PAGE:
Helping your teen become a financially independent young adult is one of the goals of parents who engage in positive parenting. This goal can be difficult to reach if the process is not addressed by parents while their teens live at home. For proof, just consider how many older millennials are still struggling to leave their parents homes!
To prepare your teen to become financially independent, start by following these two steps. As you and your teen work together, you will be able to see what other things they need help with beyond these basic steps.
1. Assist Your Teen In Finding A Job
One of the first steps toward financial independence for teens is to have their own source of income. Not only does your teen gain a sense of independence thanks to bringing in their own income but they can also gain valuable work experience while still in the safety of the home. To help your teen find and land a job which is appropriate for their skill set, you can:
- Talk with your teen about what their interests are and how they can turn their interests into work. A musically talented teen or one with a strong academic background may like tutoring others, or a more athletically-inclined teen may enjoy working as a lifeguard.
- Contact people in your network of family, friends, and acquaintances. It is far easier for teens to land their first job through networking than just submitting applications
- Help them prepare for their interviews by holding mock job interviews. You can use the most common job interview questions to help your teen be prepared to answer them properly.
Even if you prefer your teen not to take a job which may distract them from their schooling, it is important to develop the soft skills a job teaches such as good communication and teamwork. These skills can put your teen ahead of their peers. An ideal way to help them develop these skills and a strong work ethic is to have your teen regularly volunteer with an organization they admire.
2. Help Develop A Budget With Your Teen
Budgeting as a teen can be a simple activity which creates an important cornerstone of their future financial state. Since they have many of their needs still taken care of by you, the parents, creating a budget now gives them a valuable headstart on smart savings and spending. You can even find a good personal finance app for your teen to use. Some things to cover while teaching about budgets are:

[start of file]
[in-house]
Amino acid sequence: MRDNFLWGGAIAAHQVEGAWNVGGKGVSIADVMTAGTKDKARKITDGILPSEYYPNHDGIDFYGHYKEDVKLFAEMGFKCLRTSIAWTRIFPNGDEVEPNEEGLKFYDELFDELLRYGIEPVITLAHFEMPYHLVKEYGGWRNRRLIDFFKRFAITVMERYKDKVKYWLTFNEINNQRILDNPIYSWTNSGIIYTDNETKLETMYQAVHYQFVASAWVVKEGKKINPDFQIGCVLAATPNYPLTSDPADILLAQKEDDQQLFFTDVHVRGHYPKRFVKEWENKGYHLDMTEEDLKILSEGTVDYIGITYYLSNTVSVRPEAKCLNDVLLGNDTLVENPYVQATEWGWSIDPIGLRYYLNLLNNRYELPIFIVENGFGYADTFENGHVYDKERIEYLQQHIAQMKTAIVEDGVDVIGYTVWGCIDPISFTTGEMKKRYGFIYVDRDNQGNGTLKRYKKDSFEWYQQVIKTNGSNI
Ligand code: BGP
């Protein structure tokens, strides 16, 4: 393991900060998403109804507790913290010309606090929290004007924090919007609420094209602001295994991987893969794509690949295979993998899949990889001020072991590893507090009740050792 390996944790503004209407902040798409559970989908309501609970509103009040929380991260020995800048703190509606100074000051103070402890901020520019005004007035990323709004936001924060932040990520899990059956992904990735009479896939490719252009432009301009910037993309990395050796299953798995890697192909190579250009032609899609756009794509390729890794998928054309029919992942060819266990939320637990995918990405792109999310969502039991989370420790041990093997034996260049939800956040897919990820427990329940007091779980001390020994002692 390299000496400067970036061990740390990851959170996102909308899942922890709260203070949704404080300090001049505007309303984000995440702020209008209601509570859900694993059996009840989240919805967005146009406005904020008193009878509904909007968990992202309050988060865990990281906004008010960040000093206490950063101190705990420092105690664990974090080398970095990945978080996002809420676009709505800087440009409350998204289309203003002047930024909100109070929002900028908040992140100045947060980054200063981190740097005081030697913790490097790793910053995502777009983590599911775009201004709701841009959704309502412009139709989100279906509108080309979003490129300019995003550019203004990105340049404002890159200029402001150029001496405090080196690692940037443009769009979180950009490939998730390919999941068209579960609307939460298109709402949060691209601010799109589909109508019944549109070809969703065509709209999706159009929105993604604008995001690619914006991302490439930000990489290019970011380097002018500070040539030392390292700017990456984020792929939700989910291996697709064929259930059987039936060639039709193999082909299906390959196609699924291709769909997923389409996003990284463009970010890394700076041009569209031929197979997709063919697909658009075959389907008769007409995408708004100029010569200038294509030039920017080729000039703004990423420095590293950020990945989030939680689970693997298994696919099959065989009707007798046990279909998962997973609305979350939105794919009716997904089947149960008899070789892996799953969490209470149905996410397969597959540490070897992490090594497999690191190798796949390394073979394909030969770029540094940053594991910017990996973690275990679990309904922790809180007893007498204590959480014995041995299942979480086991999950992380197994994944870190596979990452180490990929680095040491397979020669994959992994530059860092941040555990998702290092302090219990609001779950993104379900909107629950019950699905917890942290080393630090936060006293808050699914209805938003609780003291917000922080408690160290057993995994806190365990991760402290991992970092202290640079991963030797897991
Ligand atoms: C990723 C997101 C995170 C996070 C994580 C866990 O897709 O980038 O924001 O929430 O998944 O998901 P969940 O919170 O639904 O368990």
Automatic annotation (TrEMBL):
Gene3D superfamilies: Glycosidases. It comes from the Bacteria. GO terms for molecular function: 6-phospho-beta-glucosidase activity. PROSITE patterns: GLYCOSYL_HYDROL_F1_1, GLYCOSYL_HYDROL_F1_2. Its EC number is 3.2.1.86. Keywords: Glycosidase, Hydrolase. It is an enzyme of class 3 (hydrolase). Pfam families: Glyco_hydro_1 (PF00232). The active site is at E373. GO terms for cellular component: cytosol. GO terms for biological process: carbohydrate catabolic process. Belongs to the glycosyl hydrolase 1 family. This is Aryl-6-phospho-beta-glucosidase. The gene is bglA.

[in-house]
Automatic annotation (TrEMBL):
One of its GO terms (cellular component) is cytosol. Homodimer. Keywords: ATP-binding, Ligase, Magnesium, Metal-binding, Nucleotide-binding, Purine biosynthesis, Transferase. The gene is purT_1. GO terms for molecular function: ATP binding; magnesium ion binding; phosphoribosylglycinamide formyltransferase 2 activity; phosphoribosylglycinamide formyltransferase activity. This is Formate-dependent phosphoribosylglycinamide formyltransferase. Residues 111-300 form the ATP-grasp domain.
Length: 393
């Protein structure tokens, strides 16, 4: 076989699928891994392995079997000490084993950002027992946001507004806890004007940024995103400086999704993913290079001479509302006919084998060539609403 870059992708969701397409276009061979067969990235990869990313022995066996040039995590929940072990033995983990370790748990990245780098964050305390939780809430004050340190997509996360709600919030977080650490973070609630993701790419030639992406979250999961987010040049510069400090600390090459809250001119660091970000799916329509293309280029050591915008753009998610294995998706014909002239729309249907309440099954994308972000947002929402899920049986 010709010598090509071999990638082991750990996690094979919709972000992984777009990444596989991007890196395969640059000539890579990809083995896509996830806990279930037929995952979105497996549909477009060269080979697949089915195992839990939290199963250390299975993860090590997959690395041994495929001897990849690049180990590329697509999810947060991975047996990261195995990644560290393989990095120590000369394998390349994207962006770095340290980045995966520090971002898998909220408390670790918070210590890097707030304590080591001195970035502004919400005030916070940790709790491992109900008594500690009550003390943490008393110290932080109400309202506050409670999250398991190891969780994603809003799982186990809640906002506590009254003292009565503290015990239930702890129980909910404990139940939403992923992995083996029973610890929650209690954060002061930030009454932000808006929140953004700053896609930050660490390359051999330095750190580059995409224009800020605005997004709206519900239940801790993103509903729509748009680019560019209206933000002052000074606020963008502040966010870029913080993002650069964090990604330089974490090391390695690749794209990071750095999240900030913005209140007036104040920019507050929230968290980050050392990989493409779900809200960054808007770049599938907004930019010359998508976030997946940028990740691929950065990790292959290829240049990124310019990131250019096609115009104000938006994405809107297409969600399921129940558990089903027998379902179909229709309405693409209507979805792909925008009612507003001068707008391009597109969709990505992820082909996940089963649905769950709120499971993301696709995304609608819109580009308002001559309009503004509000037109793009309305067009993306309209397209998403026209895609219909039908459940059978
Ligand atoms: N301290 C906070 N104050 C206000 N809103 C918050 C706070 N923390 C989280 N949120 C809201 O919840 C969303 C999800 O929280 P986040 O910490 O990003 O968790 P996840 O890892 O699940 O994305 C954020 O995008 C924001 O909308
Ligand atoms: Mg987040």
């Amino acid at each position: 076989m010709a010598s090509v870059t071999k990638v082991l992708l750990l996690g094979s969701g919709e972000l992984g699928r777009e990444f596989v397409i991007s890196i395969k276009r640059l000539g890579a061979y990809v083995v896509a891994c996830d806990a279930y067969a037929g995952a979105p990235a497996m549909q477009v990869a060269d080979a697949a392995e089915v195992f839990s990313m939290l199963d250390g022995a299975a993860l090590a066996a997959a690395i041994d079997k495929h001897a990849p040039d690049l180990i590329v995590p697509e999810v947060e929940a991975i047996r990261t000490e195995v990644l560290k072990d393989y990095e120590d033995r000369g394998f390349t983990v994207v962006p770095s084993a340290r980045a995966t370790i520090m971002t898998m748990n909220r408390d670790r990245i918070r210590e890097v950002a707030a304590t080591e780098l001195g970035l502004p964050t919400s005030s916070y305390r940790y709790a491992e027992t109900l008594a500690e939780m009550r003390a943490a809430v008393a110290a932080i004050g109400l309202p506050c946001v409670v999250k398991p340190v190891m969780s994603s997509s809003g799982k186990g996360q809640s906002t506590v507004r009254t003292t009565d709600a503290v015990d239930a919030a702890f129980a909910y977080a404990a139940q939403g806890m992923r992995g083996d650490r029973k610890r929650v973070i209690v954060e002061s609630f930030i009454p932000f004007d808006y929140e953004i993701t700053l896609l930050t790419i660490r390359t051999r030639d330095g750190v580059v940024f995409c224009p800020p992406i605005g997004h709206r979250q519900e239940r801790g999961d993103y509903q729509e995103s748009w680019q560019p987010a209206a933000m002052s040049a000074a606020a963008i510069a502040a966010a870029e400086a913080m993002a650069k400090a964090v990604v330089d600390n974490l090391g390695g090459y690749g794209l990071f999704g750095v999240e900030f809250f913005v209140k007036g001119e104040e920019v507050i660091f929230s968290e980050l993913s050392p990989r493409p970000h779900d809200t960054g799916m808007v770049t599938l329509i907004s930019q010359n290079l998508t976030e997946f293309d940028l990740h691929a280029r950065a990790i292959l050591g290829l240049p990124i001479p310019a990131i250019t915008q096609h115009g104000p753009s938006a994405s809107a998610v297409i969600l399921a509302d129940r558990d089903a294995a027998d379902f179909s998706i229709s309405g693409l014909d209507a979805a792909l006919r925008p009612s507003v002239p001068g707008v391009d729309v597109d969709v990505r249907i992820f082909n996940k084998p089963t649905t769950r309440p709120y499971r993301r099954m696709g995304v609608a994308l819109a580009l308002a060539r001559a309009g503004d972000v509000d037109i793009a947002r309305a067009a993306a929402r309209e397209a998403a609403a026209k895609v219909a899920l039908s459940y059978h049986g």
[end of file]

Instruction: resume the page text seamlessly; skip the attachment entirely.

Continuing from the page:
- Spending habits – For one week, have your teen track what they spend their money on. They may be surprised to see how much they spend on random purchases such as eating out with friends, and impulse buys at mall stores, etc. After they have tracked, help them plan out how to cut back on spending and save for bigger purchases.
- Saving plan – In a recent survey, it was discovered that 40% of Americans are saving 5% or less of their annual income. To help your teen develop the habit of savings, help them determine how much they are willing to save per paycheck.
- Budget tracking – A budget is of no use if there is no accountability. To help your teen track their budget, you can finally put their technology obsession to good use. There is a wide variety of personal finance apps which can help your teen easily track if their budget is working.
If your teen does not have any source of regular income, you can still help them create a budget. By working with hypothetical numbers using the average minimum wage in your area, you and your teen can create a basic budget to help them understand how to budget when they have an income.
As you work with your teens on developing their financial independence, other financial concerns are more likely to come up. Be sure to let your teen know that you are there for them and you are ready to help them find answers to their questions concerning financial independence.
Tyler Jacobson – Father of three and avid outdoor enthusiast – has been juggling life with kids for around 18 years. He’s learned a thing or two about parenting and has turned from a full time career in digital media to helping fellow parents of teenagers. He pulls from his own life experiences raising spunky, free-spirited children, as well as his work with various organizations that help teens be their best selves. During his free time, Tyler enjoys taking his family into the mountains to connect with a simpler side of life which he finds grounding and rejuvenating.